It’s difficult to keep track of all the ways the pandemic has affected “normal” life, but one of the most major changes has been how, where, and even when we work. You could call the last year or so a “remote work revolution,” but it isn’t entirely accurate. For one thing, most of the country didn’t have access to remote work. However, even for those who were fortunate enough to work from home, their efforts were ineffective. It’s more kin to a hasty agreement reached amid a national emergency.
But, as we are near the end of this pandemic or at least the end of the closest we’ll get to know, we have an opportunity to reconsider our shattered relationship with labor. The epidemic marked a turning point, and it is up to us to decide what happens next. Work-life balance is so deeply ingrained in American culture; it’s not only that we struggle to preserve it or that we don’t do an excellent job of educating people about it; we also embrace and celebrate the polar opposite of it. We value and applaud its destruction.
People have expectations about when they should work, how much they should work, and when to communicate. And if you break those standards or fail to meet those expectations, it’s not considered something to bring up with your manager. On Sundays, they labor.” Even if it is expected that you will not be at the office on such days, you will not be working.
The American work ethic glamourizes hustle culture but does not contemplate workers conditions. In that sense, the worker is a bit of a bystander. And it can’t be up to the person to try to modify that within that framework, within that knowledge. Individuals cannot shield themselves from the wider ideological influence that better work inevitably entails more labor. And so, instead of using this language of limits, which is the individual’s responsibility, I’ve been thinking a lot about how borders are constantly breached. And it’s your fault as an individual if they’re broken because you didn’t keep them up to date. Instead, we might consider guardrails. Guardrails on the mountain passes are maintained by the government or a larger body, out here in the West, where we dwell. And they’re there to keep everyone safe. We all contribute to them through taxes to ensure that everyone is protected.
And I’m not implying that nationally regulated work hours, or a definition of what constitutes good labor, must resemble that. That does not always have to be the answer. There are numerous intriguing case studies in the book from various nations, such as attempts to enforce no email after specified work hours and the like. They failed because they lacked the resilience to deal with the reality of global capitalism.
So, at least for the time being, until labor legislation catches up to the current reality of work — which I believe is an important and vital goal moving forward — companies must maintain standards of what good work looks like; these guardrails, if they say they value work-life balance or say they want their workers to not burn out, to be sustainable.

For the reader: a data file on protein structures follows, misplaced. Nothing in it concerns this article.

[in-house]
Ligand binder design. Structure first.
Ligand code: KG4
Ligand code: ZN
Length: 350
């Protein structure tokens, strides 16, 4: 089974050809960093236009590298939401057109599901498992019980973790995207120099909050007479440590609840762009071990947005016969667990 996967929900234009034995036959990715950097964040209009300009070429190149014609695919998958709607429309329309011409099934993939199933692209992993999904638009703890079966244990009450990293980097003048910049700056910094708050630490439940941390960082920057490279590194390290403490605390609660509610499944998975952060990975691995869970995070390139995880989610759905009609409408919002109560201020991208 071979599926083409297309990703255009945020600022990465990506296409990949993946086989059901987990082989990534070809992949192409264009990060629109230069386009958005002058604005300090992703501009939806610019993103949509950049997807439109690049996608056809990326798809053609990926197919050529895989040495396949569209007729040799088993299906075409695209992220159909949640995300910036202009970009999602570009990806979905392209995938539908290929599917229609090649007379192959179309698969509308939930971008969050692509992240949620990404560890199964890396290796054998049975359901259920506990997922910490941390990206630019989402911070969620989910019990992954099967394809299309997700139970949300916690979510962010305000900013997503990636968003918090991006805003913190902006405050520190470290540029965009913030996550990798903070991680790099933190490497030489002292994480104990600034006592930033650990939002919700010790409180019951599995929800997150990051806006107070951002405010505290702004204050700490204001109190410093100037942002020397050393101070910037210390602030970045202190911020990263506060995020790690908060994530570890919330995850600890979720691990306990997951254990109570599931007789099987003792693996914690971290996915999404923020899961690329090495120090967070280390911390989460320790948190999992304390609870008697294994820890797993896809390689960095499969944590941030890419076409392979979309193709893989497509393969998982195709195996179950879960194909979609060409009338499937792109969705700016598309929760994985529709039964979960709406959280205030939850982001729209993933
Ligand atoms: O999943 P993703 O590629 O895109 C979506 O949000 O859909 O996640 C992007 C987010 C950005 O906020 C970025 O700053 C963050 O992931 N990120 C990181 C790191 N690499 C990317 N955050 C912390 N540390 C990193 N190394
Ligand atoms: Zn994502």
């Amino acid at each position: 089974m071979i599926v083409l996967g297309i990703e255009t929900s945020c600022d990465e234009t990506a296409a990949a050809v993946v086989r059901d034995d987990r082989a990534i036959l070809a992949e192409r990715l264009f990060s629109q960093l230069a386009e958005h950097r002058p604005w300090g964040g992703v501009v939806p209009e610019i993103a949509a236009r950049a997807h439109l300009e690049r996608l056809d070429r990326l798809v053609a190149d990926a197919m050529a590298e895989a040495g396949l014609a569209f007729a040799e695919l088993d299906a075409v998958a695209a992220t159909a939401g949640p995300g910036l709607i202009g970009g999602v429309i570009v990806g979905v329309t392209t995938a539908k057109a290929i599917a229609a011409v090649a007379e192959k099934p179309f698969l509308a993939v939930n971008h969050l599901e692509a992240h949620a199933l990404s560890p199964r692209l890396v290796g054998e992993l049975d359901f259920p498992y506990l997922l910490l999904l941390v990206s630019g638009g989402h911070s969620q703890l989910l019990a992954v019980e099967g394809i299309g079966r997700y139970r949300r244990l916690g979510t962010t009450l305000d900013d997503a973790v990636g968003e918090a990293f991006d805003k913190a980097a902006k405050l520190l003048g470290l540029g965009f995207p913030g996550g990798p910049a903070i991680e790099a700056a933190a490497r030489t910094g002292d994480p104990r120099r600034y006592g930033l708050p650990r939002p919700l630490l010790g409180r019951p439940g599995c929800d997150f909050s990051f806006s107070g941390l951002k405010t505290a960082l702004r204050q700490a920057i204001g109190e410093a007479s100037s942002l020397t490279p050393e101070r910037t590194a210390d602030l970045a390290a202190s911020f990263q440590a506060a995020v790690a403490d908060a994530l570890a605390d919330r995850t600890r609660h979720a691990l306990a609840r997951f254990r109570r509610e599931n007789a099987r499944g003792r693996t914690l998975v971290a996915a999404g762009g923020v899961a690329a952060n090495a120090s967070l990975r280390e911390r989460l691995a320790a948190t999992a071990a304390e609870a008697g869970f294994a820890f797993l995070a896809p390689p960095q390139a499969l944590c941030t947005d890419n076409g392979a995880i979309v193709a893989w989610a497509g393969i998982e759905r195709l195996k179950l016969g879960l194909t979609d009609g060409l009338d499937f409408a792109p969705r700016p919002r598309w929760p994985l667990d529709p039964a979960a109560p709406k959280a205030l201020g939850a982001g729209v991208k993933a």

If you work best late at night, and that’s how you’ve set up your flexible work schedule, that’s fantastic. You, on the other hand, do not send that email. You delay sending, which isn’t difficult. You put off sending that message, email, or whatever it is until the morning, during regular business hours. And, most significantly, if you break that norm, that boundary, it becomes a problem rather than a low-key means to gain attention.
So there’s this firm called Gumroad that’s exceptionally cool. It’s simply a platform for creators. And they had to go through this entire re-organization and change the way their firm operates. Except for the founder, they now have no employees. Everybody works as a contractor. What’s more, the company’s mentality is “You don’t owe us anything except the work.” You come in and perform this task. We’re not going to get along. I’m not claiming this is a viable model for almost anyone or the way a company should be run, but the thought of being transactional with your employer is refreshing. If you do an excellent job for us, we will reward you with money or other benefits. In exchange, we get the labor that we paid for. There will be no unnecessary guilt, commitment, or anything like that.
And while I believe it is excessive, there is something about the transactional character that is both stimulating and beneficial. And, in my opinion, it is far less harmful than the “we are a family” mentality. Because, as we all know, families have their difficulties and toxic relationships to deal with. And then there’s the issue of guilt. And I believe that our working style has adapted to include a lot of that type of information. A decentered working connection, in my opinion, is not wholly frigid, and it can have some personal relationship qualities. But, in the end, it’s just a transaction. You’re working for someone, and the transaction comes to an end at some point, and you’ve completed your tasks for that period.